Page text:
The times make the reserve fund.

Those of you who believe the times have justified Greg McGarity’s obsession with the reserve fund, a question:  if the financial situation continues to deteriorate, which step would you prefer to see the athletic department take initially, cut salaries or dip into the fund?

It’s a trick question.  The correct answer, if you’re McGarity, is to see what you can get from the fans and donors first.


Filed under Georgia Football, It's Just Bidness

21 responses to “The times make the reserve fund.

  1. Cynical Dawg

    I have blasted McGarity in the past. I WAS WRONG. He was smart to establish and preserve the fund. However, this is the “rainy year” he planned for. Time to spend the reserve fund on keeping the Butts Mehre Country Club operating.


  2. chopdawg

    Dip The Fund.


  3. The Georgia Way

    Rest assured, year-over-year costs for our volunteer labor remain flat.



  4. Malcolm X

    Time for pay cuts. Kirby, 80%. If you cannot live on one million six hundred thousand, how you gonna relate with poor scholar athletes? Or is all this sacrifices for the common good just crap to feed the poor?



    I’ve seen 20% across the board at many companies…

    Are scheduled closings down at your firm?


    • It’s a mixed bag. Residential refis are way up. Purchase/sales are down quite a bit. My commercial work has slowed some.

      It’s really tough for lenders right now who have to track a borrower’s job status right up to the last minute (not that that’s new) with a heightened concern about job security. It’s my understanding that they’re raising minimum credit scores and requiring more equity than before.


  6. No time like rhe present to do some bathroom remodeling.


  7. ATL Dawg

    The Butts-Mehre Country Club takes care of their own.


  8. Cojones

    Cut salaries. If we are better off than most financially, then the ogre of being outbid for staff is the lowest of any team.


    • Normaltown Mike

      Kemp just directed all state agencies to plan for a 14% cut for their budget next year.

      Based on what the state did last time (after 2008, furlough days) I would expect that to be the first step with all the staff, as it relates to their State of Georgia salary. I’m not exactly sure if our coaches are paid solely by the state or supplemented by the Athletic Association so not sure if furloughs will reach them


      • The state pays a portion of the salary (Source: – 2019).
        Kirby – $500k
        Chaney – $206k (Jan 2019 departure)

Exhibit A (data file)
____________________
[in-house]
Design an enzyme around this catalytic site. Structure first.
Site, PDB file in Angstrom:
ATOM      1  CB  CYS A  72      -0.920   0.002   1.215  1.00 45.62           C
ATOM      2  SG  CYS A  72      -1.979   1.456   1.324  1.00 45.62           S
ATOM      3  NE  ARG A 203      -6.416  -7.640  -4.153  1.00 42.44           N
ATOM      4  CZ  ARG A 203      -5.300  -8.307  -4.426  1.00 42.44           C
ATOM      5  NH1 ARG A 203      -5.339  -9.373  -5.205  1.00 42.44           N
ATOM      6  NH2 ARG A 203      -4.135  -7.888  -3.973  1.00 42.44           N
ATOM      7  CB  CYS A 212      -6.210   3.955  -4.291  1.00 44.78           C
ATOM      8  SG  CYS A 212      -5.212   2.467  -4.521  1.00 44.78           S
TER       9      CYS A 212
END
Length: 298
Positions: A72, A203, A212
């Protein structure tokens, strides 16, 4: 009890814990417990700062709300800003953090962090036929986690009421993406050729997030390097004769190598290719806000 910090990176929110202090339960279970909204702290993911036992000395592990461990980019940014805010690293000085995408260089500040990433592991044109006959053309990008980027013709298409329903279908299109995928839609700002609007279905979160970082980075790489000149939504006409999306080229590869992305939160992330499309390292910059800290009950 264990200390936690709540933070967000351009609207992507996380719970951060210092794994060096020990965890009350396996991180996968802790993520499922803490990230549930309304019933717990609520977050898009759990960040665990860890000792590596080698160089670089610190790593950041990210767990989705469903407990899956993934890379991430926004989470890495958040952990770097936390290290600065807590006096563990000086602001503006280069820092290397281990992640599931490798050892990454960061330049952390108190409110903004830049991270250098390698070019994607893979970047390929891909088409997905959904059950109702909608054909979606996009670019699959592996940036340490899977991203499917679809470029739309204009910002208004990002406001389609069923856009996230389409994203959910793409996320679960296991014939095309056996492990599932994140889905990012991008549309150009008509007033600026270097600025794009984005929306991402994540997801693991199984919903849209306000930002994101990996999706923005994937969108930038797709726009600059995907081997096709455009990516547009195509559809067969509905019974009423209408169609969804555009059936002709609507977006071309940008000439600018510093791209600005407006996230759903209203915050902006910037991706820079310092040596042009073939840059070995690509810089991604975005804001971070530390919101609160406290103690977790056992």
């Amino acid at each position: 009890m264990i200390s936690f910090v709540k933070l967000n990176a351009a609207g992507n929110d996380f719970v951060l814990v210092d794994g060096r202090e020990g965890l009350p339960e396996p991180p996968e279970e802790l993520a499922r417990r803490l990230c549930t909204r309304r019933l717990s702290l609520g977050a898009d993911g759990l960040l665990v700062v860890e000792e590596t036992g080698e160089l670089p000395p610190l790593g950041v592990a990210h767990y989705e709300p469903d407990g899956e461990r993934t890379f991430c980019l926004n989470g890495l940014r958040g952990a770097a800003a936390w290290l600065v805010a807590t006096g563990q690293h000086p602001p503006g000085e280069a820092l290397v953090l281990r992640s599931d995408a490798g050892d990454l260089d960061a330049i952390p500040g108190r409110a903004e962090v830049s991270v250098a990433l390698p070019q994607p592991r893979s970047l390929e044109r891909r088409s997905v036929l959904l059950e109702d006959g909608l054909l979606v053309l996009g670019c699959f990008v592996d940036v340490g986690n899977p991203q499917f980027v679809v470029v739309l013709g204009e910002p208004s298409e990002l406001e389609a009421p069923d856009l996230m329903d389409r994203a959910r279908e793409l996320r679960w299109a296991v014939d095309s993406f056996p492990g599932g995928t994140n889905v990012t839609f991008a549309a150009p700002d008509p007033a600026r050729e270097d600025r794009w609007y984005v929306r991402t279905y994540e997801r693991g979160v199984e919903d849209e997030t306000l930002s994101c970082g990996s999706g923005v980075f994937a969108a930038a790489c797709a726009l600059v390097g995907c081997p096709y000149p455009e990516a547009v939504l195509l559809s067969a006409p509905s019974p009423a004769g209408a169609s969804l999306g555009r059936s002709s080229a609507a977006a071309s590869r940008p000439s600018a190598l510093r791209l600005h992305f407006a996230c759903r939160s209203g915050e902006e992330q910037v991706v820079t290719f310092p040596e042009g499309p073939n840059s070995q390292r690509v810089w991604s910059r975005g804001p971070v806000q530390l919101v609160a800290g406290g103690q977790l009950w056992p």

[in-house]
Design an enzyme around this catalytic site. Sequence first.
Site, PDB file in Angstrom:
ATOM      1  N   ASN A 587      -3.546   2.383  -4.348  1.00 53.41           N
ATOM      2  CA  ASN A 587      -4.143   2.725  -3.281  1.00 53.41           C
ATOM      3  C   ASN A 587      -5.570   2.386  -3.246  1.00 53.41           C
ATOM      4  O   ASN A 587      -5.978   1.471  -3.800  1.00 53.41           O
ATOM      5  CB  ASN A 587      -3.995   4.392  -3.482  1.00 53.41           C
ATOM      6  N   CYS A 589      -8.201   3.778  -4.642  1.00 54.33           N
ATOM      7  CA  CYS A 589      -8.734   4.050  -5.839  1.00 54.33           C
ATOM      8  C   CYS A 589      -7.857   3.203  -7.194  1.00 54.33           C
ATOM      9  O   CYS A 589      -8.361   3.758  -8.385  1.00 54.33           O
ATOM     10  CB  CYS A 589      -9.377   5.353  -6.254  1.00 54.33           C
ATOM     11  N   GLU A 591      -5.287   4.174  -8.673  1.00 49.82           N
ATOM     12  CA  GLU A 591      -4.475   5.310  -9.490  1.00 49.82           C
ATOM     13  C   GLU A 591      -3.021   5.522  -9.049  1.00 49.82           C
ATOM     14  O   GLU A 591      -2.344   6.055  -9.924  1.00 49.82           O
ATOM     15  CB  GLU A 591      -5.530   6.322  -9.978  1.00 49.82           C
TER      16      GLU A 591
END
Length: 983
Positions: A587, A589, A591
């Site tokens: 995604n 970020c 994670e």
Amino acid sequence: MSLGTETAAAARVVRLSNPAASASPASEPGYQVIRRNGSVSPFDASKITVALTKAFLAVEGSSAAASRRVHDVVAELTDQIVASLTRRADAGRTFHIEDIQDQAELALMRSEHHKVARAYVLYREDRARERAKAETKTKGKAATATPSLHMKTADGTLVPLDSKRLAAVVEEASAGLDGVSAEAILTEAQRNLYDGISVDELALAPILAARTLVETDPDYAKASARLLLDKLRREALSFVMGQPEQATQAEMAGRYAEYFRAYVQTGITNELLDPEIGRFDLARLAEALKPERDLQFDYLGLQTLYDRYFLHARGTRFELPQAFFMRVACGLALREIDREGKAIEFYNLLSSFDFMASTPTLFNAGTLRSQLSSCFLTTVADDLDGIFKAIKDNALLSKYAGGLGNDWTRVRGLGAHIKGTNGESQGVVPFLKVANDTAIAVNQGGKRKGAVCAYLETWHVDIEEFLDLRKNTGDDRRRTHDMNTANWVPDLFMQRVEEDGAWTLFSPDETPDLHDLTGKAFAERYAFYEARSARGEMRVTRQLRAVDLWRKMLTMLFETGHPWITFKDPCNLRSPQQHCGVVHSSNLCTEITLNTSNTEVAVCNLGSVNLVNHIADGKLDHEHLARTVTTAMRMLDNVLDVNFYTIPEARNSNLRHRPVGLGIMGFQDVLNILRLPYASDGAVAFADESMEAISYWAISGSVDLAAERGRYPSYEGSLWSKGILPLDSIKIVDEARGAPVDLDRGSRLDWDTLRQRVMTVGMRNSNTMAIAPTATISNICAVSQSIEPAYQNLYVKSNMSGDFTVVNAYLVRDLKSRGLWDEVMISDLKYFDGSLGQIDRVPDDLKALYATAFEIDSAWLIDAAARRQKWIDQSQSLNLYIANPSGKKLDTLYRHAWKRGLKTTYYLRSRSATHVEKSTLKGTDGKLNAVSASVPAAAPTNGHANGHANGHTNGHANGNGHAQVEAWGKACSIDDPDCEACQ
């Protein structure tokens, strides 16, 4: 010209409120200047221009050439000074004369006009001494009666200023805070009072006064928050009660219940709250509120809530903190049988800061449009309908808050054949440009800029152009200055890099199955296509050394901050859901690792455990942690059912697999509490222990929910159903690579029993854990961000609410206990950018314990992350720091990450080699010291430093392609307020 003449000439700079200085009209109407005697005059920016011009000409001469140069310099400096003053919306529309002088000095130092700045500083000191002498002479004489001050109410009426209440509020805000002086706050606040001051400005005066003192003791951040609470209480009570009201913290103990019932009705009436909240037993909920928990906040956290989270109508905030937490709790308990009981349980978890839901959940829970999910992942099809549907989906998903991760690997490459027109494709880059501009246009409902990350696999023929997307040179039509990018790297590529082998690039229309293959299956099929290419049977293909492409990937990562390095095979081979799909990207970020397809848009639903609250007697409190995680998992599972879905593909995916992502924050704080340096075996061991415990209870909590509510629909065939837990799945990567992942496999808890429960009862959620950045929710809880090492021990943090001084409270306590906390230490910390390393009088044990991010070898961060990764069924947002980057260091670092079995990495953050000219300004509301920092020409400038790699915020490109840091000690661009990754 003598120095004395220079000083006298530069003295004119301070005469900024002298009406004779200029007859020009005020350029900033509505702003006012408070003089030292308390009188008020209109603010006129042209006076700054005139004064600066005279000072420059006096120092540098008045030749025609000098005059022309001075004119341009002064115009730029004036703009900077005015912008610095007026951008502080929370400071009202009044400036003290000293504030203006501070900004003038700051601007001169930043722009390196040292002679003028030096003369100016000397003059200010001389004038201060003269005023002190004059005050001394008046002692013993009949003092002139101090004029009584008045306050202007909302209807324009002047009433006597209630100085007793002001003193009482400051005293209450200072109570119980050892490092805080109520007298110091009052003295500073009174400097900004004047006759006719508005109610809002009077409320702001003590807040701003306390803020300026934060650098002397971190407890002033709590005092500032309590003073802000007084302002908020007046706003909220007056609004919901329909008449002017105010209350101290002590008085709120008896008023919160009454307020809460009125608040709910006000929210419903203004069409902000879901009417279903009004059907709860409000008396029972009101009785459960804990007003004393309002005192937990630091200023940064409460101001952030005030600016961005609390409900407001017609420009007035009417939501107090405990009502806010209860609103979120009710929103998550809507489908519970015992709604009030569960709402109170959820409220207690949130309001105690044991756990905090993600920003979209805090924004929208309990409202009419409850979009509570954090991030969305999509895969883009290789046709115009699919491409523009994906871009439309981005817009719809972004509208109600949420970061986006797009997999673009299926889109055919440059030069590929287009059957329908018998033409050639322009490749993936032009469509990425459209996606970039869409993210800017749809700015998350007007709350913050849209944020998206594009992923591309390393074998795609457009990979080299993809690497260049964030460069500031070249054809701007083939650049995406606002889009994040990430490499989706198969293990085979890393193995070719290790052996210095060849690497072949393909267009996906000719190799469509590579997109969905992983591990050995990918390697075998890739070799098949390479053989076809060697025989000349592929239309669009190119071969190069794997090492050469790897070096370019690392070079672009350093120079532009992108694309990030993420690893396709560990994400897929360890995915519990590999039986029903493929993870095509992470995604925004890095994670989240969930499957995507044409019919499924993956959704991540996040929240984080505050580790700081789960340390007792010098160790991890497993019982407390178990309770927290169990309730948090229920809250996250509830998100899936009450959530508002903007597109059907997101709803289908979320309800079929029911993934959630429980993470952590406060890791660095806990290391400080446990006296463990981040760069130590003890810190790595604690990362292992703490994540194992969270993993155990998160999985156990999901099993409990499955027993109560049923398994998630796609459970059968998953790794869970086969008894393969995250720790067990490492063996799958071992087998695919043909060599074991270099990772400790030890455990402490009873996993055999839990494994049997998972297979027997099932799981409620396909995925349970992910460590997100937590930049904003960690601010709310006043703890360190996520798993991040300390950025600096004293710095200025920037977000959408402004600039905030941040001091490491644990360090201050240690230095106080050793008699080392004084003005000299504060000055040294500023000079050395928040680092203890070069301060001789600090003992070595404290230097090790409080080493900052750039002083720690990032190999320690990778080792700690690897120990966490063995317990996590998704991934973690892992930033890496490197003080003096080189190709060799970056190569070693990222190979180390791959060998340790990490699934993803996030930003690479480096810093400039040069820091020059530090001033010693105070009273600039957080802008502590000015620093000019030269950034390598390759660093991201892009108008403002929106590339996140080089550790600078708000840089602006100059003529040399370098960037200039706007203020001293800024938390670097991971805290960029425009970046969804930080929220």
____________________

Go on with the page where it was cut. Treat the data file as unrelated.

Tucker – $165k (Dec 2018 departure)
        Coley – $382k
        Pittman – $375k
        Scott – $325k
        McGee – $336k
        Schumann – $312k
        Fountain – $300k
        Hankton – $312k


  9. Anonymous

    LOL, you say that like getting the Liquor Barons to pay for it is a bad thing.

    Liked by 1 person

  10. Anonymous

    Though, the serious answer is that you get the Liquor Barons to pay for it, then you cut unnecessary expenditures, then you cut salaries until sports start again, and you fund the difference from reserves if you have to.

    Just like when someone gets laid off and has to dip into savings, the proper thing is to cut back your lifestyle as well.


  11. I’m not sure why there is animosity towards UGA finding ways to incentivize donors to keep things going. No one is making these people pay UGA money. If they want to give UGA $1M for a skybox who are we to stop them?


    • Good point. After all, every dollar he collects from a donor is a dollar he doesn’t have to spend from the reserve fund, which… wait for it… is THE POINT OF MY POST.

      Liked by 1 person

    • Castleberry

      There’s history. The lead up to the 2017 SECCG, Rose Bowl, and NCG was absurd. Multiple calls for increased donations, changed deadlines, all with the promise of improving your chances for seats. It was all BS – not transparent at all.

      Also, the Magill Society was introduced and created a system where new money can leapfrog long-time donors.

      The Senator is spot on. We’ll get stroked for more $$s to cover any shortfalls before McG thinks of pulling a dime out of savings. If the UGAA was scraping by as a non-profit and needed the money to keep afloat… OK. We have a warchest flush with cash and on the rainiest of days we still won’t touch it. That’s a problem…